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Rear spring bushing removal

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  • Frame/Springs: Rear spring bushing removal

    Some threaded rod, sockets, nuts heavy washers and a lot of oil and WD40 to remove those stubborn bushings. A lot easier to install new ones! Now, those 2 left in the frame; same theory but on my back under the car!
    Attached Files

  • #2
    Why not cut the bushing with hack saw?

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    • #3
      I wish you the best of luck on the ones in the frame. I replaced mine with the body off, so much more room to work. If I remeber correctly, I drilled out as much material as i could, then pressed out the remainder.

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      • #4
        Propane torch-heat that sucker up. It'll catch fire and smoke so go outside. When it gets gooey push the center out. Take hacksaw and make a relieving cut in the outer shell. It is now easily removed. Sand out inside, apply a little Lubriplate . I usually use a socket to press the new one in with 12 ton hyraulic press. Be careful!

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        • #5
          Originally posted by Jeffry Cassel View Post
          Propane torch-heat that sucker up. It'll catch fire and smoke so go outside. When it gets gooey push the center out. Take hacksaw and make a relieving cut in the outer shell. It is now easily removed. Sand out inside, apply a little Lubriplate . I usually use a socket to press the new one in with 12 ton hyraulic press. Be careful!
          That's how I got mine out, but instead of a hacksaw I drove a screw driver between the outer tube and spring/frame to collapse the tube making it small enough to fall out.
          sigpic

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          • #6
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            Originally posted by tsenecal View Post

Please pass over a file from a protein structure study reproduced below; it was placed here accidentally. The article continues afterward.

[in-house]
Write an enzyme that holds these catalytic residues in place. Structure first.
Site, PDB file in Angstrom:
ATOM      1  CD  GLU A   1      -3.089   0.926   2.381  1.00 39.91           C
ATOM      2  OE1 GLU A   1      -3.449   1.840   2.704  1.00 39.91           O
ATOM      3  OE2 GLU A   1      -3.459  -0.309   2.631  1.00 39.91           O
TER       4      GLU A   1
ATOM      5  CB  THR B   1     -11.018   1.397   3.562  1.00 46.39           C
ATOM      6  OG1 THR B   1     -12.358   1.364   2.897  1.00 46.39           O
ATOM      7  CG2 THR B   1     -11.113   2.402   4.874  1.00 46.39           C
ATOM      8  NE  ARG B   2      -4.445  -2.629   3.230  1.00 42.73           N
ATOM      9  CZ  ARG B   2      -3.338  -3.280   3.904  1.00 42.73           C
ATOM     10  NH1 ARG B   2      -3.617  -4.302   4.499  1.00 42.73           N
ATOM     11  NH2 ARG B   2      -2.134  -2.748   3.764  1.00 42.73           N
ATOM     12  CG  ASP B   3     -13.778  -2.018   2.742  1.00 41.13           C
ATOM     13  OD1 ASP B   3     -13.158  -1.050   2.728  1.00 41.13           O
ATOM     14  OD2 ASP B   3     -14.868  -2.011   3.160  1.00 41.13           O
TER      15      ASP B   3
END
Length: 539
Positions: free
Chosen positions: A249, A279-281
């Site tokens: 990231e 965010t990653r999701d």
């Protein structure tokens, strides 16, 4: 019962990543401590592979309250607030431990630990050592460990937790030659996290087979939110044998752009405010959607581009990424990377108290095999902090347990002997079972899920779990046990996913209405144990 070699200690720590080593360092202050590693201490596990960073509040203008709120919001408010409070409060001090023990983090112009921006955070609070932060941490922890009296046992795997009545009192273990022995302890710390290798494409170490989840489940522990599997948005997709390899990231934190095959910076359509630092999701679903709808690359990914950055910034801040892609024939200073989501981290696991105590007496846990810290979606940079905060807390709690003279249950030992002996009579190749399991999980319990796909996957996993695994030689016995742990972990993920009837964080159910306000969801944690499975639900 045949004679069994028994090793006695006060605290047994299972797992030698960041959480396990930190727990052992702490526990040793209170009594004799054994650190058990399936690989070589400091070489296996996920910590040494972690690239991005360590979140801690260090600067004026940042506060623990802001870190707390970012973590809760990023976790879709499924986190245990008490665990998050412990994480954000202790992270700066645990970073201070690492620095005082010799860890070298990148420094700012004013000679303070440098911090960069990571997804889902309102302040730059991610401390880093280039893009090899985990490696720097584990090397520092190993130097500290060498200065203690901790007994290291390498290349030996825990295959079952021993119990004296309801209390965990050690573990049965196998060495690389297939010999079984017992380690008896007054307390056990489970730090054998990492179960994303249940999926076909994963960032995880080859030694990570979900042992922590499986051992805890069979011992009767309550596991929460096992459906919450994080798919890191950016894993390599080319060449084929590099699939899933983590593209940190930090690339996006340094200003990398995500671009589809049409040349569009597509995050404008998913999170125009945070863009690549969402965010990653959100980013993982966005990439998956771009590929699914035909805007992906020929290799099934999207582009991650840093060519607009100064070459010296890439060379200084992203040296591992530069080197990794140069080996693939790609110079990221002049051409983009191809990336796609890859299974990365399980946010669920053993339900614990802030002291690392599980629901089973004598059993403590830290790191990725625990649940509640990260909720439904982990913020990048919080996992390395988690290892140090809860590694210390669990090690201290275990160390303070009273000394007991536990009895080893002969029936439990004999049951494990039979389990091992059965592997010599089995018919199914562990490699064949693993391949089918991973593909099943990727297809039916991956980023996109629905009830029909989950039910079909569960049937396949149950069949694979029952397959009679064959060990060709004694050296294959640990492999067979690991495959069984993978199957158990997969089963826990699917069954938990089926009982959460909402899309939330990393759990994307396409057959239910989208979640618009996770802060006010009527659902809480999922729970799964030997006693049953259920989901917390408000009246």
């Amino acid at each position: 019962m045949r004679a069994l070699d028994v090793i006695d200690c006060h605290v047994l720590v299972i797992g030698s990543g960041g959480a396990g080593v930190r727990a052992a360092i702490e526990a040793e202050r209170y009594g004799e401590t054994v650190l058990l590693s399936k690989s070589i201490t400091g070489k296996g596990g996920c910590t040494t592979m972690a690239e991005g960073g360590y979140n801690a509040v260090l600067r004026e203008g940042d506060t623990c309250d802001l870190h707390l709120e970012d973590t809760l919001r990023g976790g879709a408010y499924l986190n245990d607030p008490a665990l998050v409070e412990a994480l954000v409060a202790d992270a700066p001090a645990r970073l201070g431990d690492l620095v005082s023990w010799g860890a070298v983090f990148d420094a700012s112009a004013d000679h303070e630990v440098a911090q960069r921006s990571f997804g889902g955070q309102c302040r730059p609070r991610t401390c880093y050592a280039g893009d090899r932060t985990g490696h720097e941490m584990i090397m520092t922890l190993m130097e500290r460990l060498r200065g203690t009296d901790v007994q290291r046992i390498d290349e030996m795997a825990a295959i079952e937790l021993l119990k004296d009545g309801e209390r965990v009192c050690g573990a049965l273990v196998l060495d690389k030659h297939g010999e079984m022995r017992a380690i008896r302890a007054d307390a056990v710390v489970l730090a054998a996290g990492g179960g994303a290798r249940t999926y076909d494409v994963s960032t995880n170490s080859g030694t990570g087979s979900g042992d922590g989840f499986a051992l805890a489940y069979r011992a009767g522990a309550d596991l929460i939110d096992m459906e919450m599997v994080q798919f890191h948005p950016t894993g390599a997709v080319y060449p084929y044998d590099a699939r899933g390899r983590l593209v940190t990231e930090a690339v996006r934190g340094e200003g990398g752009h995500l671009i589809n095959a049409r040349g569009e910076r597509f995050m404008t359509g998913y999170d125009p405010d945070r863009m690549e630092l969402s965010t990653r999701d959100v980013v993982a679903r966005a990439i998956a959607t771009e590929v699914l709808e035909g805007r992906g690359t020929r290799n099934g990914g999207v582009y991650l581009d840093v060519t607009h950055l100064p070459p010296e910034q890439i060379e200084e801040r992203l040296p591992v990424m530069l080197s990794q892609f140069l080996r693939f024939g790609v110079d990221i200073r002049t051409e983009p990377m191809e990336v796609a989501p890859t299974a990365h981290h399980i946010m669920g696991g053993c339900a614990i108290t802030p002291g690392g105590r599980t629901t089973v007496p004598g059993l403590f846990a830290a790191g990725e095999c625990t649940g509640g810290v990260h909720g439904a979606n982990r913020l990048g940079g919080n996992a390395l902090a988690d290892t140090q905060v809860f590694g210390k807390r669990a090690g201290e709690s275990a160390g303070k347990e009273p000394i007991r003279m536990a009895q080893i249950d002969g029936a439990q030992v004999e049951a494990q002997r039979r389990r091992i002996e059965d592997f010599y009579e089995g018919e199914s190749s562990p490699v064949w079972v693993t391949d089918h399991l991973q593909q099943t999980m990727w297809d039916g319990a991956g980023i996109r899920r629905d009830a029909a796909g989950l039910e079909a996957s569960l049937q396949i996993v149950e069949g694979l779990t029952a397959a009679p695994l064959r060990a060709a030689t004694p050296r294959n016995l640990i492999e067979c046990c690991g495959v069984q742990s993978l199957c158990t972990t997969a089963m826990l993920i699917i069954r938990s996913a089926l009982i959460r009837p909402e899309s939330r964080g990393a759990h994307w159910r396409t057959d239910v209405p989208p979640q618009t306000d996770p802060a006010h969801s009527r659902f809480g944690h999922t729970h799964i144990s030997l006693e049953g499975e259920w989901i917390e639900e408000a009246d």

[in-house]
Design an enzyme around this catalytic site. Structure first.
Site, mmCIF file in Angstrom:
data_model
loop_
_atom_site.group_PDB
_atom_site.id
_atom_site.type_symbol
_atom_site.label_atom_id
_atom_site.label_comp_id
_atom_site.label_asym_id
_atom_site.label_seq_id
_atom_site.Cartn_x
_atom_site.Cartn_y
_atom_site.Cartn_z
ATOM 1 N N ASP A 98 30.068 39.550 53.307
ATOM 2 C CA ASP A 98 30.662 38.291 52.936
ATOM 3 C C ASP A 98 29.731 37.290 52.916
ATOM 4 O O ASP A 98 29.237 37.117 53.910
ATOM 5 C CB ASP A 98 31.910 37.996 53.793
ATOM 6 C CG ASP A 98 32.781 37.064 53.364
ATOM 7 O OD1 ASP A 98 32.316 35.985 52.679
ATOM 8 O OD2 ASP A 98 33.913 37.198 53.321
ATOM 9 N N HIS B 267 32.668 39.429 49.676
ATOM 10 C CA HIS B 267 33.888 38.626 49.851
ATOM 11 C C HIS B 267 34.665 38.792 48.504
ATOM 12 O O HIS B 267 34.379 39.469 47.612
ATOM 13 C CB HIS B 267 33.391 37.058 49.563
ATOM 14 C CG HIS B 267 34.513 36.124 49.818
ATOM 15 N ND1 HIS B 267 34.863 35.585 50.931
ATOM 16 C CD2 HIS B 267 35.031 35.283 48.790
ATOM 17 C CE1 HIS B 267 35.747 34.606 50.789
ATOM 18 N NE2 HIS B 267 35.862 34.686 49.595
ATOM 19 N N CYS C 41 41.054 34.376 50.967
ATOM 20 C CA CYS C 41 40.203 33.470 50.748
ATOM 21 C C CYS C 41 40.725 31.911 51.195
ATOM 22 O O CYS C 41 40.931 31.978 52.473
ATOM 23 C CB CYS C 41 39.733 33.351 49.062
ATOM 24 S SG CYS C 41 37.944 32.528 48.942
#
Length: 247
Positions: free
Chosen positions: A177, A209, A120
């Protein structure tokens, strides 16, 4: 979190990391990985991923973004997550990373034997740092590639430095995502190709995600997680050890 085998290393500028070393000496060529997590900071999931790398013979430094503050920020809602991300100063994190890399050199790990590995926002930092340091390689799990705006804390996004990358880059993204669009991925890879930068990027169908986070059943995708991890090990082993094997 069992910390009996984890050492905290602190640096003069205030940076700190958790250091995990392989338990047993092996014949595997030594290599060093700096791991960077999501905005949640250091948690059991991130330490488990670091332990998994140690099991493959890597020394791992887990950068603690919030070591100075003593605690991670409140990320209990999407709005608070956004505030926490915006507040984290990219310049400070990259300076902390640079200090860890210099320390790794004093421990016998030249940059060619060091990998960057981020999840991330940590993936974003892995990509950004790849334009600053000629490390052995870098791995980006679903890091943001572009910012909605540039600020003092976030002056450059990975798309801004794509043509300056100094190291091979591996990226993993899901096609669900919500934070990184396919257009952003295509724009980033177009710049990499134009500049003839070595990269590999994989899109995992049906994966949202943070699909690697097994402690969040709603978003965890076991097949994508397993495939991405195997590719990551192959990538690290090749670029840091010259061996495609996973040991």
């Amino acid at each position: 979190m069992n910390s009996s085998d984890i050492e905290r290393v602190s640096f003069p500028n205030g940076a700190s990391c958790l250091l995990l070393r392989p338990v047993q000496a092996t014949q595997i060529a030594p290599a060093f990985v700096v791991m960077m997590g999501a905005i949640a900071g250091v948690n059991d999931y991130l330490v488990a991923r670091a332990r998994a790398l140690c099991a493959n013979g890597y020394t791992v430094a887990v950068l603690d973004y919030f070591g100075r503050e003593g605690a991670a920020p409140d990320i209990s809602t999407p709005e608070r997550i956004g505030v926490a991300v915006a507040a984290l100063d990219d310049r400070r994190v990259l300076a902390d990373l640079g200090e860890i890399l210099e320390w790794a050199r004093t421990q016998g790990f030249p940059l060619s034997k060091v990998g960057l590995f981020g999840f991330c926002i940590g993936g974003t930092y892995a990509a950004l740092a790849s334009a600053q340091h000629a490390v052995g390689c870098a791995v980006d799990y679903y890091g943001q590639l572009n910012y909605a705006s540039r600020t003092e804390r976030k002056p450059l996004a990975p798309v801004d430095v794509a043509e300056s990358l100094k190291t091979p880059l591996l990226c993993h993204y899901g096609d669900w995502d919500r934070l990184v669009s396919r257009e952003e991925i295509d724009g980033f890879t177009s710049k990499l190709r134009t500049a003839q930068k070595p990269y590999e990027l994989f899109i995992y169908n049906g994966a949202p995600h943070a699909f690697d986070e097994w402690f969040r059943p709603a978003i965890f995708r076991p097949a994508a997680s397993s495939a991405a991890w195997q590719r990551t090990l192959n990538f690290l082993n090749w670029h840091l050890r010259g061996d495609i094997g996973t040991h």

I wish you the best of luck on the ones in the frame. I replaced mine with the body off, so much more room to work. If I remeber correctly, I drilled out as much material as i could, then pressed out the remainder.
            I had good luck removing the rear bushings in the frame with an old muffler chisel I have. The worn inner bushings and rubber usually come right out but the outer sleeves need persuasion. The angle of the muffler chisel helps keep your hammer from kissing the quarter panels. Another tool choice is a angled muffler chisel that fits your air hammer.

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            • #7
              Pop the new ones in the freezer......

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              • #8
                Right! Forgot that part. It helps

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                • #9
                  I used the tool as shown in the (sideways) photos, and the ones in the frame pulled right out, and pushed the new ones in (with a little anti-seize). I had sprayed WD40 on the nut/bolt and ends of the bushings a few days before I did this.

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